“He who gathers in summer is a prudent son, but he who sleeps in harvest is a son who brings shame.” (Proverbs 10:5)
Wise preparing is all about knowing what time it is. In the proverb above, Solomon, the wisest of all the ancients, makes a point that seems to go without saying. Anyone who has done any gardening or farming can tell you that you have to bring in your crop at the right time or else all will be lost. You have to time your harvest to the right conditions.
This provides a key lesson for our work in setting our houses and families in order for the hard days that are coming. There is a time to put up your feet and rest. Today is not that time. The sun is shining. The crop of available preparation supplies is hanging low on the trees. It is relatively easy to gather and collect what you’ll need in the future today. Tomorrow, it might become much more difficult. All of us need to be like the prudent son. We need to gather while we can. We need to stock up before the cold blasts of hardship start to blow.
The wise preparer will take full advantage of every opportunity to prepare. He or she will watch for the signs of bad weather (whether economic, political, or social) and will prepare against the evil day. Do you know what time it is? It is time to act. It is time to gather. It is time to prepare.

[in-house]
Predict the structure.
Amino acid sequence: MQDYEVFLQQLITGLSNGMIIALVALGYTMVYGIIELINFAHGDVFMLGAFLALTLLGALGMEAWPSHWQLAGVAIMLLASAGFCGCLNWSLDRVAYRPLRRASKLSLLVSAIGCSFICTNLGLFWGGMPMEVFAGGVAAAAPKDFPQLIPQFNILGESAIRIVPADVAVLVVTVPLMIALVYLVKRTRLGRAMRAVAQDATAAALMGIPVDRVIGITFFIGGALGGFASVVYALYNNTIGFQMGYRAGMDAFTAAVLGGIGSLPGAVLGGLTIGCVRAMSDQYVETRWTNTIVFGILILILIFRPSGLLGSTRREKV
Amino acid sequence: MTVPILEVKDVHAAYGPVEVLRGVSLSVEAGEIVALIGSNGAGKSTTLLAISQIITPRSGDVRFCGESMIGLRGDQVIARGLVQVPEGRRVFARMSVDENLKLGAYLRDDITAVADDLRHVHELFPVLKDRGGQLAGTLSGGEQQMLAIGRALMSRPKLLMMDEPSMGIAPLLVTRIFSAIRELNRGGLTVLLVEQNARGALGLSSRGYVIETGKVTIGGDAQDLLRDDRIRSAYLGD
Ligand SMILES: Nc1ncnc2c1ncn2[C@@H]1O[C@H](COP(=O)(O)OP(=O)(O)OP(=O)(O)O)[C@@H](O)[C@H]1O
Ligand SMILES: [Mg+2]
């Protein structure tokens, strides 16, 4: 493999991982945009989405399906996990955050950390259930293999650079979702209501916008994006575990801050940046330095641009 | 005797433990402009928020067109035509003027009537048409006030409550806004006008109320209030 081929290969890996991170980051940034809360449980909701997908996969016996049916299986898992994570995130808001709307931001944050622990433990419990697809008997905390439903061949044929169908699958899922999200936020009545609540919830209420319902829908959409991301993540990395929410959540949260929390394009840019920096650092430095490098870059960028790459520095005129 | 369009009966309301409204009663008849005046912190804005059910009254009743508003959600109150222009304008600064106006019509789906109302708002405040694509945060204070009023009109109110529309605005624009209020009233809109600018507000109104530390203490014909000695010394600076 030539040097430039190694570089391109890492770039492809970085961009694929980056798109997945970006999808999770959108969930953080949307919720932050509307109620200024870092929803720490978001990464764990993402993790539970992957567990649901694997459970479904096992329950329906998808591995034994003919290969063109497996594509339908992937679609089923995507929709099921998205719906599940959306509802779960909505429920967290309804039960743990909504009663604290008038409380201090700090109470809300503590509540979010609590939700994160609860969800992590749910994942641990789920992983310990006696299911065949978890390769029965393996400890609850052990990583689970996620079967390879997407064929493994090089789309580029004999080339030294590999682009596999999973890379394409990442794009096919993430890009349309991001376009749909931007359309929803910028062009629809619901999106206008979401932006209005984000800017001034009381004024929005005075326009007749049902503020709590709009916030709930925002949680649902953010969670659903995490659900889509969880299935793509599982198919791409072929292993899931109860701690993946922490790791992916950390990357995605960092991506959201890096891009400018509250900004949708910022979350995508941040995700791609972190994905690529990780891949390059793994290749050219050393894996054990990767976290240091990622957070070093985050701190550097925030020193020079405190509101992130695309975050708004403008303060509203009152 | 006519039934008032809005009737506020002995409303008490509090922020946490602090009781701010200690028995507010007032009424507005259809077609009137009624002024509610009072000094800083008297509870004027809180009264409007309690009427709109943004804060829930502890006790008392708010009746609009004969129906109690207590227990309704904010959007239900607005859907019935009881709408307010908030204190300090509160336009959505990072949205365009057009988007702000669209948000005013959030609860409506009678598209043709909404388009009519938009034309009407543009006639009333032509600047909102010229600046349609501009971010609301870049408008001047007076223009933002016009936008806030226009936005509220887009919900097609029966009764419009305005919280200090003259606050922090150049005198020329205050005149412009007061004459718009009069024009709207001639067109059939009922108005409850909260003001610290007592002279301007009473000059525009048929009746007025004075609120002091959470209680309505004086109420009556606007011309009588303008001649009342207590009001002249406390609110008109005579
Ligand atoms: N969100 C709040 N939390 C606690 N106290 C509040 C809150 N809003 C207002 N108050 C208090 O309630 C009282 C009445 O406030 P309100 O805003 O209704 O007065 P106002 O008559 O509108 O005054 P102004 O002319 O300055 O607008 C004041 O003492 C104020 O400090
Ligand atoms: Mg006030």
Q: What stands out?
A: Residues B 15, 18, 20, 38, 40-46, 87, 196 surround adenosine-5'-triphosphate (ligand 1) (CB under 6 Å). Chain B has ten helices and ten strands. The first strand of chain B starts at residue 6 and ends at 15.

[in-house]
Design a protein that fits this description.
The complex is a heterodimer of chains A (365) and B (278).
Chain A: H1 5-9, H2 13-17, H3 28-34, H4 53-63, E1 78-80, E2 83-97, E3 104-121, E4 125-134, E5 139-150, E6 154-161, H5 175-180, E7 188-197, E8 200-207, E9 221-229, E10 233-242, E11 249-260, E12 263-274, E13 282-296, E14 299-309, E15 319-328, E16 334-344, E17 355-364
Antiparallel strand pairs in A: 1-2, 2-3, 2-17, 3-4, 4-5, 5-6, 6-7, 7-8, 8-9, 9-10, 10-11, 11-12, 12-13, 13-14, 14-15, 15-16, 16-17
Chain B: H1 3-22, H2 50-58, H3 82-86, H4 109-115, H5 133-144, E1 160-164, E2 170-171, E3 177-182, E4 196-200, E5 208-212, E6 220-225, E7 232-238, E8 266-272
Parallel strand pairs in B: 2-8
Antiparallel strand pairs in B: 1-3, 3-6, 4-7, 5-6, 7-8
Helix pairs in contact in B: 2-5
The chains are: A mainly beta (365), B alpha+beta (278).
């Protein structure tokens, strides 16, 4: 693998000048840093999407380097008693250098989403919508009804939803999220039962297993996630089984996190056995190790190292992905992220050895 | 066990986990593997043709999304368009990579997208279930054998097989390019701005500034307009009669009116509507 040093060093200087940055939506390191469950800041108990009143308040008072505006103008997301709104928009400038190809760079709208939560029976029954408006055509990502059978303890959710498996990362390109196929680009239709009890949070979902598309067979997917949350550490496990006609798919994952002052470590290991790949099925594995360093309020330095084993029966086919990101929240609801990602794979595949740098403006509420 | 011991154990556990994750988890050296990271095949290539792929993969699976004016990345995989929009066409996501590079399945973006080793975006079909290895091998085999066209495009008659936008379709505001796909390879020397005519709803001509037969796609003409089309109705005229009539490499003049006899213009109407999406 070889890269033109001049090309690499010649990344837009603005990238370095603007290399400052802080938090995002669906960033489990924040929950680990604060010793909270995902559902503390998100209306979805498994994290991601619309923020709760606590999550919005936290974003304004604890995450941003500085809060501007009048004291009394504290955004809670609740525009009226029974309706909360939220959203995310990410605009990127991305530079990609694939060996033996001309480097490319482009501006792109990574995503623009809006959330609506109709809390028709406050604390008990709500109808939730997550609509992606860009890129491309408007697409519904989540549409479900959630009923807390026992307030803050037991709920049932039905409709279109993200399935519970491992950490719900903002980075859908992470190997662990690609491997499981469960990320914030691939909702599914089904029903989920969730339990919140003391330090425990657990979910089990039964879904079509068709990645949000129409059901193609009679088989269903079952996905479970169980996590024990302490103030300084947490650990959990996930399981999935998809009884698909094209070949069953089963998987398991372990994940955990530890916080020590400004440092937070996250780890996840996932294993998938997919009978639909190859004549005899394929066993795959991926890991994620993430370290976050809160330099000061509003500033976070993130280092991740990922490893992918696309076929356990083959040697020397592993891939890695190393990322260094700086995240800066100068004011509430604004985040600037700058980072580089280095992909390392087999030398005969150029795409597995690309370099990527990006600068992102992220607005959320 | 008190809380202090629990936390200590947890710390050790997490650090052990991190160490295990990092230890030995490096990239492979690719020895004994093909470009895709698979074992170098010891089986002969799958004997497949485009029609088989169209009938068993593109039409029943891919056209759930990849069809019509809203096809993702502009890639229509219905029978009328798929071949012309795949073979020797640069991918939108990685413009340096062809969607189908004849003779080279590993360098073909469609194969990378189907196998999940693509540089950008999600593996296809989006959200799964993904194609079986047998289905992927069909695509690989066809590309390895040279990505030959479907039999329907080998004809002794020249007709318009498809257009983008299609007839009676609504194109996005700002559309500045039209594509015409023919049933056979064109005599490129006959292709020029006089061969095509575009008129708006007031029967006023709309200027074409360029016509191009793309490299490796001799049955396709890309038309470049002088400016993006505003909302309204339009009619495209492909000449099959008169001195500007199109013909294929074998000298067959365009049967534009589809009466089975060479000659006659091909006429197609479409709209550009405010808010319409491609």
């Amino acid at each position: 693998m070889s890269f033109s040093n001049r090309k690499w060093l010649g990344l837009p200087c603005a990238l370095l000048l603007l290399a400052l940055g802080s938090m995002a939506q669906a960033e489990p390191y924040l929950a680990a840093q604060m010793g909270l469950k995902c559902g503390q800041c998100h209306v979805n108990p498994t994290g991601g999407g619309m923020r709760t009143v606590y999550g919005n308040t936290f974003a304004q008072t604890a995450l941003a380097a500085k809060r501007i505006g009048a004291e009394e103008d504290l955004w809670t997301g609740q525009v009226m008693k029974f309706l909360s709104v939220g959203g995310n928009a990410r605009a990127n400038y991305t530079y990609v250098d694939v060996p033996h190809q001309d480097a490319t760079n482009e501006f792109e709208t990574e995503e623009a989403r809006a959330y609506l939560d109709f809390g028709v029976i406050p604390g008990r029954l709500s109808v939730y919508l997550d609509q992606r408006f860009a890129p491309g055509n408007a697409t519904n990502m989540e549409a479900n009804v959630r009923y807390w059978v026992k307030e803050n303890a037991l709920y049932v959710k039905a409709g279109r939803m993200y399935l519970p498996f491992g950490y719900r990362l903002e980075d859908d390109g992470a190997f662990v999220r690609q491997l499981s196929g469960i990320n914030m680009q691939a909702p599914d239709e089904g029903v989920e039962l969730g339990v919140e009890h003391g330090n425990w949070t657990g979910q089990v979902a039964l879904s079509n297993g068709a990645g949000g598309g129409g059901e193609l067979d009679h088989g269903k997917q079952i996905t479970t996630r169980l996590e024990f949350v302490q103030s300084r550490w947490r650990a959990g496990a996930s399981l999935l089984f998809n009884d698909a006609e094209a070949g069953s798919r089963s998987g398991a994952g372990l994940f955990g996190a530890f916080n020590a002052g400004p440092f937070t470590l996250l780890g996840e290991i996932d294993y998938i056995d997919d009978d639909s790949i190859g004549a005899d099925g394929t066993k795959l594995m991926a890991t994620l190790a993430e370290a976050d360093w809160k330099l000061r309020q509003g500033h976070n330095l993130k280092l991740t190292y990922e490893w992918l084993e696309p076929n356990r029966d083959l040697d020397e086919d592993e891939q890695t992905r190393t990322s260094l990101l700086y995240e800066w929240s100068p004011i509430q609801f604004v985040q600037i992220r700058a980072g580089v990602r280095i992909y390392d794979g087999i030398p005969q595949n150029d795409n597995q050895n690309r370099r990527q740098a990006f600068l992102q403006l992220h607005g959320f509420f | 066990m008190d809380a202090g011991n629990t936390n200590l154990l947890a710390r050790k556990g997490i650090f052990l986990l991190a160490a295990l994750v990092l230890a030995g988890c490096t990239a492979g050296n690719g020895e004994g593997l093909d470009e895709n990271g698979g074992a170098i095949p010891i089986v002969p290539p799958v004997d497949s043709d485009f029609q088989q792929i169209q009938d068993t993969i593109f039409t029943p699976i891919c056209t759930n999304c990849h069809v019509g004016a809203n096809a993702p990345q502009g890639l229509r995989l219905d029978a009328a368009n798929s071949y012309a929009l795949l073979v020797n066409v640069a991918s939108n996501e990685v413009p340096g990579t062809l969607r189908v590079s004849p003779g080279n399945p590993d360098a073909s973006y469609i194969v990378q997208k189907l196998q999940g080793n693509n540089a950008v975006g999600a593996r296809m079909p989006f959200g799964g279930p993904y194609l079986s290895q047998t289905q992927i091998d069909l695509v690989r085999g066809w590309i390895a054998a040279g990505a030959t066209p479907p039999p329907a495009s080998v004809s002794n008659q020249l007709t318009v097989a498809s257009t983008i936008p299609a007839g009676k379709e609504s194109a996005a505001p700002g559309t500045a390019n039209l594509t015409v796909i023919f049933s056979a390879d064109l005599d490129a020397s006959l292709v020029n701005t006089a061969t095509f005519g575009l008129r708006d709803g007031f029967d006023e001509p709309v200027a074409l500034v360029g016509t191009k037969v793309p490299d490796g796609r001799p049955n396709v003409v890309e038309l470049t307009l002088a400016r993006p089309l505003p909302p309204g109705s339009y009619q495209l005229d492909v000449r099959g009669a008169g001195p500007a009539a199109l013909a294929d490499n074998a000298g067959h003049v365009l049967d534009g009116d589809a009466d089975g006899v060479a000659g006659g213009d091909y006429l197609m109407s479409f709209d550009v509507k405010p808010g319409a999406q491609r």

This Day in Church History
April 21, 1109: Anselm, archbishop of Canterbury dies at around the age of 76. St. Anselm is regarded as one of the most profound thinkers of the Middle Ages. He is best remembered three contributions: He argued that faith is the precondition of knowledge (“credo ut intelligam”). That only God can reveal the truth to man and that man in his rebellious state cannot truly know truth. He introduced the idea of what is called the “satisfaction theory” of the atonement (“No one but one who is the God-man can make the satisfaction by which man is saved”). Previously, the church had emphasized the idea that Jesus paid a price to the devil to free man from his sin. Anselm was the first (since the Apostles) to assert that the atonement of Christ was a payment to the justice of the Father. Finally, Anselm is remembered for developing the “ontological argument” for God’s existence. This is the argument that in order for anything to have being there must have been a Being (i.e. God) who brought all other beings into existence.